The Art of Respect in Parenting
We did a recent survey where surprisingly all parents unanimously shared a view that successful parenting is having their children grow up healthy and respectful. Interestingly, academic success was not a priority. Although, it was mentioned in passing as a means to ensuring that the child grew up to have enough. With the resounding mention given to respect, we thought we will flash this out further.
1) Respect is not Obedience
When our children are young, we want them to listen to us and do as we say. It may be for their own good, or our convenience but an important distinction here for us adults to recognise is the difference between obedience and respect. A mother we interviewed puts it well when she says:
I know that my child is going to grow up. He may disagree with me in the future but I like his gentle nature now and don’t want him to become rude.”
Respect is about considering the feelings, wishes and rights of others while obedience focuses on following the instructions of an authority figure. To read more about the difference, check out Dr Justin Coulson’s article here.
When our children don’t follow instructions, that’s disobedience. However, depending on how they disobey, they may still be respecting you as a parent. Particularly in teenage-hood when youths are more likely to express their views and ask questions, the parent-child relationship can be strained if we don’t differentiate properly between obedience and respect.
2) Embodying Respect
Respect is challenging to define, even though the absence of it is easily recognisable. As the child grows up, he/she will be exposed to the different definitions of respect and how one relates respectfully to a building, an object and another person.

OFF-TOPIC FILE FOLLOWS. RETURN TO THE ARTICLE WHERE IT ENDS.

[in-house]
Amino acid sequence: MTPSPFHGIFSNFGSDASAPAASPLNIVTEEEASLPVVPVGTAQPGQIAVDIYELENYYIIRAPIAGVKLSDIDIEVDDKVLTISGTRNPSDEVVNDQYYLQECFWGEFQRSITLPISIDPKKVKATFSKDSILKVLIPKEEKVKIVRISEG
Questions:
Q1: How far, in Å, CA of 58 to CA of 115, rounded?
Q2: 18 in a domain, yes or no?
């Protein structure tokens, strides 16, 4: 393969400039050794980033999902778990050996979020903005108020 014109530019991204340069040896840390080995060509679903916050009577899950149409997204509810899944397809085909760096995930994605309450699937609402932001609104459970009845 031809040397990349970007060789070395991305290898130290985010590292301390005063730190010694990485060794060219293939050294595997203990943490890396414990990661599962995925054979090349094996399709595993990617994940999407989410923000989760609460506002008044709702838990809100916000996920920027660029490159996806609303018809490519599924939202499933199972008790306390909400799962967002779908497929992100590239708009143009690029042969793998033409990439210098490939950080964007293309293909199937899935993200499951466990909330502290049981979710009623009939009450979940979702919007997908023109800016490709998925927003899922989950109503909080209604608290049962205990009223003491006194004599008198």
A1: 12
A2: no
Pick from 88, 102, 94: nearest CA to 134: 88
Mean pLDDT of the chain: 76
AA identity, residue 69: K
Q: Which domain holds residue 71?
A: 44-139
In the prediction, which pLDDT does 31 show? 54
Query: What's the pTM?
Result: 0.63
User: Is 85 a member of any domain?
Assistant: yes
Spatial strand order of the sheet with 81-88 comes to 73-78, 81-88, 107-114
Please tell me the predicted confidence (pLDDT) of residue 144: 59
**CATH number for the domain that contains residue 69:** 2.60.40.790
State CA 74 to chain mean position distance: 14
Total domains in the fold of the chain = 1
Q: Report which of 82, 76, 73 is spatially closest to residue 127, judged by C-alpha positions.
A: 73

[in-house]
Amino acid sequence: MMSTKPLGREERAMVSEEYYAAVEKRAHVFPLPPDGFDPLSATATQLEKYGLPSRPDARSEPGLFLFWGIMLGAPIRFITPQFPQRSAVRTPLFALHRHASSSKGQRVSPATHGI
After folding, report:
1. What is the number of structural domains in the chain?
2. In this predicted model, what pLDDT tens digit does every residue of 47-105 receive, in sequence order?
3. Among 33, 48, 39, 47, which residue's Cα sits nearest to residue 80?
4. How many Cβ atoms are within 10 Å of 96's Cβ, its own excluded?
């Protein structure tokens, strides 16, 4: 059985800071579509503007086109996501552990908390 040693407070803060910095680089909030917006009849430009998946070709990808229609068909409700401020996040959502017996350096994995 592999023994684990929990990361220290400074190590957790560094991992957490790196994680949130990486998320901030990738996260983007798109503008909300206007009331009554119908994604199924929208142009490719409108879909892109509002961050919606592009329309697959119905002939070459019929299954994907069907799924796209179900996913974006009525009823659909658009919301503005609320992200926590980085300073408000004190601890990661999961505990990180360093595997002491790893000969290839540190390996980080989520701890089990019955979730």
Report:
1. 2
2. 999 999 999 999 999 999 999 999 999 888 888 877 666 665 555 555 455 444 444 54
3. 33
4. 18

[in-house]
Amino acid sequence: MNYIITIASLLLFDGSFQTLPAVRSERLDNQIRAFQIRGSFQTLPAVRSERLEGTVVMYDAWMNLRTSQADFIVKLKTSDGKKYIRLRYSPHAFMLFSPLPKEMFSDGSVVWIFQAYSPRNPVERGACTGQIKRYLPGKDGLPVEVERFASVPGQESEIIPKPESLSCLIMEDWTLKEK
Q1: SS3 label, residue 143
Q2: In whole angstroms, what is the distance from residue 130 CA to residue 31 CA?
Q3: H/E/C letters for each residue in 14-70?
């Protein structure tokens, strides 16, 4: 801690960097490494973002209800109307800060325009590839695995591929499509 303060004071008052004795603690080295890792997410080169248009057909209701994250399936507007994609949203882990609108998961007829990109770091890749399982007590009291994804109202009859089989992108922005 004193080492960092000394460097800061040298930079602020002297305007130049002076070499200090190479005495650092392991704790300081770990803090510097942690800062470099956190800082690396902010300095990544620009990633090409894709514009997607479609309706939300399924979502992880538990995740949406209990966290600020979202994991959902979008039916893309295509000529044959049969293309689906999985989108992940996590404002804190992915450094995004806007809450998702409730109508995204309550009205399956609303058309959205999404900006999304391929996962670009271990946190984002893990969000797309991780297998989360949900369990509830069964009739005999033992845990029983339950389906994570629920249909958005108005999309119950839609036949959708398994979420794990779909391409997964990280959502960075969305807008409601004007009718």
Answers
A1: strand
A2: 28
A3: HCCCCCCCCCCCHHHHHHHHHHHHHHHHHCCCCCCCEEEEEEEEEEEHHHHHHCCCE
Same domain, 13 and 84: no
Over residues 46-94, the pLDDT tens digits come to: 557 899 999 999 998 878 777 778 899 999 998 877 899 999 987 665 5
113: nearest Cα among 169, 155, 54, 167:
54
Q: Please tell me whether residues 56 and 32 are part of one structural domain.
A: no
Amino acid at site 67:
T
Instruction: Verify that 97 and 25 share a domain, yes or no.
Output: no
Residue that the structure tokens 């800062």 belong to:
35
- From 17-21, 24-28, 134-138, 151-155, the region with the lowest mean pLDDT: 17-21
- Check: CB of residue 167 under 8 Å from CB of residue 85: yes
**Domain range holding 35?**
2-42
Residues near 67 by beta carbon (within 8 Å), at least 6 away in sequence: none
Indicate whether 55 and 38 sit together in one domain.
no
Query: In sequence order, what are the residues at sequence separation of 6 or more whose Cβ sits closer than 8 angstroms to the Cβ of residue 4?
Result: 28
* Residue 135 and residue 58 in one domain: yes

To begin, here’s a good video from Sesame Street on what it means to respect and feel respected:
As parents,we may feel overwhelmed with life and pressed for time which influences how we treat others. Regardless, we need to be mindful on how we embody respect as children look to us as their role models.
How we treat ourselves, others and even our children themselves will communicate what respect looks like to our children.
3) Respect for the child’s autonomy
Just as we seek to have our children respect us, we also need to respect them as individual human beings, related yet separate to our being.
Parenting is challenging. It is an art of caring for your children, determining how much control to exert while giving them room to develop independence. Akin to a kite, too much tension nor slack will not work. In recognising your child’s autonomy and according them respect, scaffold choices and decision-making in age-appropriate ways. This article elaborates this well.
Ultimately if you err, don’t beat yourself up. Extend yourself some self-respect and allow yourself room to make mistakes. Marry respect with compassion, and you are helping to exemplify a healthy form of respect for your child to learn!